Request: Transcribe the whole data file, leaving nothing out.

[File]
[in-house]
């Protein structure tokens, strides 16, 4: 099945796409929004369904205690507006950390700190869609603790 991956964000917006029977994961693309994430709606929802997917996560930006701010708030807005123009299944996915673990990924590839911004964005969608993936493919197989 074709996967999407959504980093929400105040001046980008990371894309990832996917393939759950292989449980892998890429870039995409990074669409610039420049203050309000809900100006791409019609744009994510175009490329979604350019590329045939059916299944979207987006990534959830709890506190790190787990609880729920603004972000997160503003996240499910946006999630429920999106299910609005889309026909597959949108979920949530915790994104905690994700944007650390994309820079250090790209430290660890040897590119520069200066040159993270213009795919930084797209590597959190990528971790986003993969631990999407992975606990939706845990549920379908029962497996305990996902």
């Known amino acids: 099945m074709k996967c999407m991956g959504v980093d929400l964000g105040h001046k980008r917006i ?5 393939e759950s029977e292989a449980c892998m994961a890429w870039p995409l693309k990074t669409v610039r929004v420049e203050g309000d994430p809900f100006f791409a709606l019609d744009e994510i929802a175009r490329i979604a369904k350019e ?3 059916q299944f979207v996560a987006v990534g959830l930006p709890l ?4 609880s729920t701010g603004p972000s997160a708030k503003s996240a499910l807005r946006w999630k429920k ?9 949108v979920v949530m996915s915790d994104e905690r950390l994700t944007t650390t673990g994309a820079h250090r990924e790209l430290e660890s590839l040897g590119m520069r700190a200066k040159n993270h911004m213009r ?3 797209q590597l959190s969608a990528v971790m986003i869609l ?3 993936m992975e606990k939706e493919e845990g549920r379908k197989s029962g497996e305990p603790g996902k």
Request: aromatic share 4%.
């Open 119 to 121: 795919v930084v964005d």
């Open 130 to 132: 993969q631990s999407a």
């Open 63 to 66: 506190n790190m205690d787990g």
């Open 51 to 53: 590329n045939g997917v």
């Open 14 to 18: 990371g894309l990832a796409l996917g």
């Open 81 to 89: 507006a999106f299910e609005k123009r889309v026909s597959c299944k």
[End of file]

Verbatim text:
[in-house]
């Protein structure tokens, strides 16, 4: 099945796409929004369904205690507006950390700190869609603790 991956964000917006029977994961693309994430709606929802997917996560930006701010708030807005123009299944996915673990990924590839911004964005969608993936493919197989 074709996967999407959504980093929400105040001046980008990371894309990832996917393939759950292989449980892998890429870039995409990074669409610039420049203050309000809900100006791409019609744009994510175009490329979604350019590329045939059916299944979207987006990534959830709890506190790190787990609880729920603004972000997160503003996240499910946006999630429920999106299910609005889309026909597959949108979920949530915790994104905690994700944007650390994309820079250090790209430290660890040897590119520069200066040159993270213009795919930084797209590597959190990528971790986003993969631990999407992975606990939706845990549920379908029962497996305990996902």
């Known amino acids: 099945m074709k996967c999407m991956g959504v980093d929400l964000g105040h001046k980008r917006i ?5 393939e759950s029977e292989a449980c892998m994961a890429w870039p995409l693309k990074t669409v610039r929004v420049e203050g309000d994430p809900f100006f791409a709606l019609d744009e994510i929802a175009r490329i979604a369904k350019e ?3 059916q299944f979207v996560a987006v990534g959830l930006p709890l ?4 609880s729920t701010g603004p972000s997160a708030k503003s996240a499910l807005r946006w999630k429920k ?9 949108v979920v949530m996915s915790d994104e905690r950390l994700t944007t650390t673990g994309a820079h250090r990924e790209l430290e660890s590839l040897g590119m520069r700190a200066k040159n993270h911004m213009r ?3 797209q590597l959190s969608a990528v971790m986003i869609l ?3 993936m992975e606990k939706e493919e845990g549920r379908k197989s029962g497996e305990p603790g996902k």
Request: aromatic share 4%.
């Open 119 to 121: 795919v930084v964005d």
């Open 130 to 132: 993969q631990s999407a």
């Open 63 to 66: 506190n790190m205690d787990g």
């Open 51 to 53: 590329n045939g997917v």
């Open 14 to 18: 990371g894309l990832a796409l996917g």
């Open 81 to 89: 507006a999106f299910e609005k123009r889309v026909s597959c299944k």